As always when you buy anything off the internet, there will be some things that you did not expect beforehand. Other than how freaking heavy and difficult to transport the tank is, my biggest gripe was with the external overflow box as it was not mentioned in the posting. I had already bought a Fluval C4, looking forward to starting my cycle as soon as I got myself the tank I was originally looking at purchasing. So either the overflow box or the C4 had to go.
I also did not really like the 3D background, although the seller urged me to retain it as he paid over S$100 for it.
When I finally got the tank home, I considered for a brief moment before deciding to rip out the 3D background. There were some green algae stains on the sides, and the back was poorly siliconed to the glass which could allow food and other debris to get stuck at the behind the 3D background. It also took up quite a bit of space, and that means less space for fish and plants!
So I took out a paint scraper and slid it in carefully between the glass and the 3D background. After separating some of the silicone, a gave it a few hard pulls and the entire background came off in one piece, leaving behind blotches of silicone on the glass. That's something to take care of later.
I gave the entire tank a good rinse, removing all remnants of the previous owner's substrate and wiped it dry.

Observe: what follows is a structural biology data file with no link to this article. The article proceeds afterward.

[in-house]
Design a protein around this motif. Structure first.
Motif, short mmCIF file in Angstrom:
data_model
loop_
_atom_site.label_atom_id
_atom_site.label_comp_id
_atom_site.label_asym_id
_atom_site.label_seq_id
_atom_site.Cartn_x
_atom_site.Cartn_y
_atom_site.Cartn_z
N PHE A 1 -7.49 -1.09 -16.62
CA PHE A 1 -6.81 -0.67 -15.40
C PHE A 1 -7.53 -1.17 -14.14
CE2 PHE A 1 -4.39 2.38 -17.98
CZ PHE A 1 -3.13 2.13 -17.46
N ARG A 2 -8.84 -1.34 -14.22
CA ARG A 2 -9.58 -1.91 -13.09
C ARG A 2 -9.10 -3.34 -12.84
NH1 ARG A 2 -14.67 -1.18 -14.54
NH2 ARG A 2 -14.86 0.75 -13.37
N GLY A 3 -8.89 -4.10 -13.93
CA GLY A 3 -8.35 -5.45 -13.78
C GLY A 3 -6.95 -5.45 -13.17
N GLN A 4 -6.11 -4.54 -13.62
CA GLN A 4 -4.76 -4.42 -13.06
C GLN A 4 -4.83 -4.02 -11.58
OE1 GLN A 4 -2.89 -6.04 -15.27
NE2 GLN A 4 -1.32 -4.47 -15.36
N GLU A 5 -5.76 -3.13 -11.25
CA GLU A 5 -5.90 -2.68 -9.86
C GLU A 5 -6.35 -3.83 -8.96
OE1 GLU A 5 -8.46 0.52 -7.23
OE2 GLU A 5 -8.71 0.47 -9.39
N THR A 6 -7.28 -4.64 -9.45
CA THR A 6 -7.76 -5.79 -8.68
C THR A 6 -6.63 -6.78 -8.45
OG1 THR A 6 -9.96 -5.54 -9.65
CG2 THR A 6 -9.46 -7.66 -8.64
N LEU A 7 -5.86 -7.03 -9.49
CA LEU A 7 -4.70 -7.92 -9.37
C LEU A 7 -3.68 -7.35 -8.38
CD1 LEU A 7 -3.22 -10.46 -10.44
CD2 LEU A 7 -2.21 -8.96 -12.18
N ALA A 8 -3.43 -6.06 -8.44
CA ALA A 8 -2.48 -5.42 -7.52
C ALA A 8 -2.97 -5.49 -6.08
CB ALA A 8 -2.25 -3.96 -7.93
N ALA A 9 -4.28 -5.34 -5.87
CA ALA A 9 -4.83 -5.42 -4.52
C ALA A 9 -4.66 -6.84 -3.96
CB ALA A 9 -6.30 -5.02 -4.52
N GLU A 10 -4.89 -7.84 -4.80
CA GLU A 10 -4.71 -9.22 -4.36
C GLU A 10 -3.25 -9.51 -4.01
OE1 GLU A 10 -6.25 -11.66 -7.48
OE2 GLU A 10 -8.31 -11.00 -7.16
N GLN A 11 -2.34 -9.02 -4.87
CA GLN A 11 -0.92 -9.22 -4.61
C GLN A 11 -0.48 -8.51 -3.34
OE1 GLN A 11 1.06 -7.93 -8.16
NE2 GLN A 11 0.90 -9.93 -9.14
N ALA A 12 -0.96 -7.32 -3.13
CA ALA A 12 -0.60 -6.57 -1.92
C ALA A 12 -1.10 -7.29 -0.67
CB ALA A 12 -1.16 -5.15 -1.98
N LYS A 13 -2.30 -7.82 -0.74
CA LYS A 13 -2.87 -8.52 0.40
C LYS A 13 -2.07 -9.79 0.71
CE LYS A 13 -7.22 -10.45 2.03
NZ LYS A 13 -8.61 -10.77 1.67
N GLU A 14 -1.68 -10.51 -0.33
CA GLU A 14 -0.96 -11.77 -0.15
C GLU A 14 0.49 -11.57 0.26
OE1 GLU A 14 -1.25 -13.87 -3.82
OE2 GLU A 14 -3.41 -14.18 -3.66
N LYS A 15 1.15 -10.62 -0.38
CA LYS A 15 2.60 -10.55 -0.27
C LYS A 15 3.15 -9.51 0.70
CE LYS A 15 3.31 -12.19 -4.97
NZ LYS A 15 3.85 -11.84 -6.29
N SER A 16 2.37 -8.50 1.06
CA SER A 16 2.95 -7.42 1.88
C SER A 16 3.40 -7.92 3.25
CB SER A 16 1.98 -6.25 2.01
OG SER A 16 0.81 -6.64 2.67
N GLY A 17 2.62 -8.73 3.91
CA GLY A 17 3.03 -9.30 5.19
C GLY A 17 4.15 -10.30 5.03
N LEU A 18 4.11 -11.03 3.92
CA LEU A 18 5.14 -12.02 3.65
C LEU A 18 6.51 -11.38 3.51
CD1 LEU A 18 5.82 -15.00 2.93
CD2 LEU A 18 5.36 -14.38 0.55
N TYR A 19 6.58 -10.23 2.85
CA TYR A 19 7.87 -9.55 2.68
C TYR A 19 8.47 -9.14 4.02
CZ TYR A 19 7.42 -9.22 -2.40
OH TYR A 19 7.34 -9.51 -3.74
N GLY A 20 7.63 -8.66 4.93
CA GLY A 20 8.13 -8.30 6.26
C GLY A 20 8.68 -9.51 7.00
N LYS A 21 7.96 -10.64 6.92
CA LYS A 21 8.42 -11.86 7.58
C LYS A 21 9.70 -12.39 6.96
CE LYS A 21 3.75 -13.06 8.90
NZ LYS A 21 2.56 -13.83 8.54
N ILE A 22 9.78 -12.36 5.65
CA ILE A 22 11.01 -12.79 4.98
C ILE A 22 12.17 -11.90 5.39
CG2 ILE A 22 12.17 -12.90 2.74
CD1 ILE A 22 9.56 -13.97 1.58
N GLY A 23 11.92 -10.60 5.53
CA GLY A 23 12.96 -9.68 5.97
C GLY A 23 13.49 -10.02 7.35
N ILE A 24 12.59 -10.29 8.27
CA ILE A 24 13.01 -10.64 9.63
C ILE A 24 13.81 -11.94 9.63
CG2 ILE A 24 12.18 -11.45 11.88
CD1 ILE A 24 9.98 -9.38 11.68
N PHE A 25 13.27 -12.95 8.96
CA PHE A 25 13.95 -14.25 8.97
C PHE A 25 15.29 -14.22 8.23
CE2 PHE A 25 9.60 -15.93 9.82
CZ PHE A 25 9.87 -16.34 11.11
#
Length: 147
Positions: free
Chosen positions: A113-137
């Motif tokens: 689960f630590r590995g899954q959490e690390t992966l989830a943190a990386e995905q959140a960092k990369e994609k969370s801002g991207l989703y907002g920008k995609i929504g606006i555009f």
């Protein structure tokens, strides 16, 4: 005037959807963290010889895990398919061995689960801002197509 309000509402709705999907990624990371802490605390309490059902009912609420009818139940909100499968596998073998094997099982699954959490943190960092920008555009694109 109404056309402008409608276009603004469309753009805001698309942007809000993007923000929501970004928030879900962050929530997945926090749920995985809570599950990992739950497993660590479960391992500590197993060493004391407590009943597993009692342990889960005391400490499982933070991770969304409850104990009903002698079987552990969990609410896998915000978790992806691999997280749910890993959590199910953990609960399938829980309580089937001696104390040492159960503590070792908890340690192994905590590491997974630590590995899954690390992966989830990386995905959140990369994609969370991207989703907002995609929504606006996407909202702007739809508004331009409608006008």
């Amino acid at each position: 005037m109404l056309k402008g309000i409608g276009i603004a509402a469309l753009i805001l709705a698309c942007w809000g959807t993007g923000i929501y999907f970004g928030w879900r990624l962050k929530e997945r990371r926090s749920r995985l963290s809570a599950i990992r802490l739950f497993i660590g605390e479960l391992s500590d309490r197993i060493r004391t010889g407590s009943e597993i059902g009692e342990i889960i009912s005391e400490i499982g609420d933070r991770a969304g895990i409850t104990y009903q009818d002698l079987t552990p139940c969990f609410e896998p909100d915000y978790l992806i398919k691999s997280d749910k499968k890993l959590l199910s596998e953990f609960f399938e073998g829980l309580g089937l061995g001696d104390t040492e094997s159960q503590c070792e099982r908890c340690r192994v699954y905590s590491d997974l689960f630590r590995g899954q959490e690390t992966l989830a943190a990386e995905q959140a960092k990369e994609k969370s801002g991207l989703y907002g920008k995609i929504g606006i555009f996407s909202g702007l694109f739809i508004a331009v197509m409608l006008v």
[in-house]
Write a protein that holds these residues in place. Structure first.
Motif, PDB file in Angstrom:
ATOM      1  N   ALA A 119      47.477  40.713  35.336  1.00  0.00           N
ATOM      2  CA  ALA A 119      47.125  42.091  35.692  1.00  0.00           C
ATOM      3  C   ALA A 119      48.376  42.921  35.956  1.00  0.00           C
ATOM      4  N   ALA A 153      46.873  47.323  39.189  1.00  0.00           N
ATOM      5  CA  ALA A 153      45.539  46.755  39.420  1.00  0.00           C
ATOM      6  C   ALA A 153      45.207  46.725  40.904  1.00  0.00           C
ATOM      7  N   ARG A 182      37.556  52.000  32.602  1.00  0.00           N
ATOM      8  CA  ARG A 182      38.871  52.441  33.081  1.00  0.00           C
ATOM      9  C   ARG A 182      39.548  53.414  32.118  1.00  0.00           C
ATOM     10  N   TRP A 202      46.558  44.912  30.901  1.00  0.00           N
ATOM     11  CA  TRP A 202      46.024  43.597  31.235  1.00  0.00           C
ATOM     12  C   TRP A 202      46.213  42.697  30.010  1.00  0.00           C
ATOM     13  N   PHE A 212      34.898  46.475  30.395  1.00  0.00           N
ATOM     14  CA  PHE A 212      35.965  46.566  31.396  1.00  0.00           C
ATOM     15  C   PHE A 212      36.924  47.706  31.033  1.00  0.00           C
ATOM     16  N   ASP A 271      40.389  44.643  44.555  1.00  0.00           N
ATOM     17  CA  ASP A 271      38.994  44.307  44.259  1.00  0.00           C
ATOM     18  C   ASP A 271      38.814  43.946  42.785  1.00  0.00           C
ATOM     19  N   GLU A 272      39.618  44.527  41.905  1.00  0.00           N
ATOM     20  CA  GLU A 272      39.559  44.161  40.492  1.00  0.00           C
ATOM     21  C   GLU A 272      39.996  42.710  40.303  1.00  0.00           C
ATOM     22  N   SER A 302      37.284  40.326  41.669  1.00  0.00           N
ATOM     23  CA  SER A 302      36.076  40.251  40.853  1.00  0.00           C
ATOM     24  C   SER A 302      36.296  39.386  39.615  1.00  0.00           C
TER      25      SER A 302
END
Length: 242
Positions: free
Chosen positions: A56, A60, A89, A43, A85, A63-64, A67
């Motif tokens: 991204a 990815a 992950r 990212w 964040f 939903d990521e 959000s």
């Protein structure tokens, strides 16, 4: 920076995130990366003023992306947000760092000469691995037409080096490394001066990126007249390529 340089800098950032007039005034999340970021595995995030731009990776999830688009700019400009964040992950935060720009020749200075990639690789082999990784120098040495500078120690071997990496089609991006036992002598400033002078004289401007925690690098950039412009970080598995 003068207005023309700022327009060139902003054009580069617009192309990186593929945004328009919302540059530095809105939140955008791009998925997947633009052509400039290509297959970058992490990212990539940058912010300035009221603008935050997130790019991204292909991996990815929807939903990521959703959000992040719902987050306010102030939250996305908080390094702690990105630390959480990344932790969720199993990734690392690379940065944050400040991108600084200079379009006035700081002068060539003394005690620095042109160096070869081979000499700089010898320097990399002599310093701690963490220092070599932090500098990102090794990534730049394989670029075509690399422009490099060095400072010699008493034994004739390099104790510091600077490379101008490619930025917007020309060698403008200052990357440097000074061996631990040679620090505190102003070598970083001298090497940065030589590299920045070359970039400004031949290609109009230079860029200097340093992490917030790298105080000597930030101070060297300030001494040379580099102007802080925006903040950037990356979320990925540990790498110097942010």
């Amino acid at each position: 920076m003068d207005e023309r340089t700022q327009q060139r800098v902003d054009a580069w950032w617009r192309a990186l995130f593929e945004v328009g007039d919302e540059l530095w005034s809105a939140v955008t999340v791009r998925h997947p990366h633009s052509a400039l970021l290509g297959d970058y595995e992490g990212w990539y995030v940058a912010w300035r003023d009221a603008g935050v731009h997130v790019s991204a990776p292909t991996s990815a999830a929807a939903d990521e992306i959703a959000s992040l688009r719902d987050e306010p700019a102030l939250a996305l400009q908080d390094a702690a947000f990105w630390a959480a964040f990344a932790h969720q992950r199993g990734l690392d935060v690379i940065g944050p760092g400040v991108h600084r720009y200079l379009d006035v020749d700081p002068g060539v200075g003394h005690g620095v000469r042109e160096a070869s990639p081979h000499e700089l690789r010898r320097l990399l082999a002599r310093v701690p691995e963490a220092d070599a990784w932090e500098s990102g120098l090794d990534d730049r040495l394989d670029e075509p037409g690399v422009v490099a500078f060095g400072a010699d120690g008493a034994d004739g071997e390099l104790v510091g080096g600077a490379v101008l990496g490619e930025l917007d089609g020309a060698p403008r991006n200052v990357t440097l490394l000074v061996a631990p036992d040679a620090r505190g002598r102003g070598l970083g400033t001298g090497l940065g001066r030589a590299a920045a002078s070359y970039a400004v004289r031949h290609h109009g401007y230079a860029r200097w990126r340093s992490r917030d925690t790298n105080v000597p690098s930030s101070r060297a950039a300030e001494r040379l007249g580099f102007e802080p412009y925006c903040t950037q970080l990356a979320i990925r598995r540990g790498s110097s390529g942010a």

Now to the overflow box. Depending on how you see it, this could be my best decision or my biggest mistake that I would come to regret. I decided to get rid of the overflow box. There were several reasons for doing so.
- I did not have much knowledge on sumps. I know roughly how they work, but not enough to mess around with one.
- I was not looking forward to spending even more money on media for the sump.
- Most importantly, I had to rip out the pipes before transporting the tank, and did not any experience with siliconing them back onto the overflow box.
So I took the paint scraper and tried to cut away at the silicone. That was when I learned the difference between a shoddily done DIY silicone job (the 3D background) and a professionally done silicone job (the overflow box). I managed to cut away most of the excess silicone, but my paint scraper was too thick to get between the glass panels to separate the silicone.
After an hour and a half (including from removing the 3D background and rinsing the tank) of work, I decided to take a break. I was at the point of no return now. After cutting away so much silicone, the overflow box is more or less useless now and simply have to go.
I turned to Google and found a tip to use razor blades. BEST TIP EVER! The razor blade slid easily between the glass and with a bit (a lot actually) of force, I managed to pull the blade through the silicone. Once one side is cut, I simply gave the glass a few hard tugs and the rest of the pieces finally came off. It only
took me a total of 2 hours from the beginning till now.
The next most tedious task was to remove all the silicone stains. I decided against using any chemicals and stuck to my trusty razor blades. The blades worked like a treat! From algae to silicone stains to old water stains, everything was removed using the razor blades. It took over an hour to remove all the stains due to the size and the amount of silicone to remove, but the result was amazing!
Now placed back on to the cabinet. Looks brand new, apart from the notch where the overflow used to be. The cabinet even matches my existing furniture!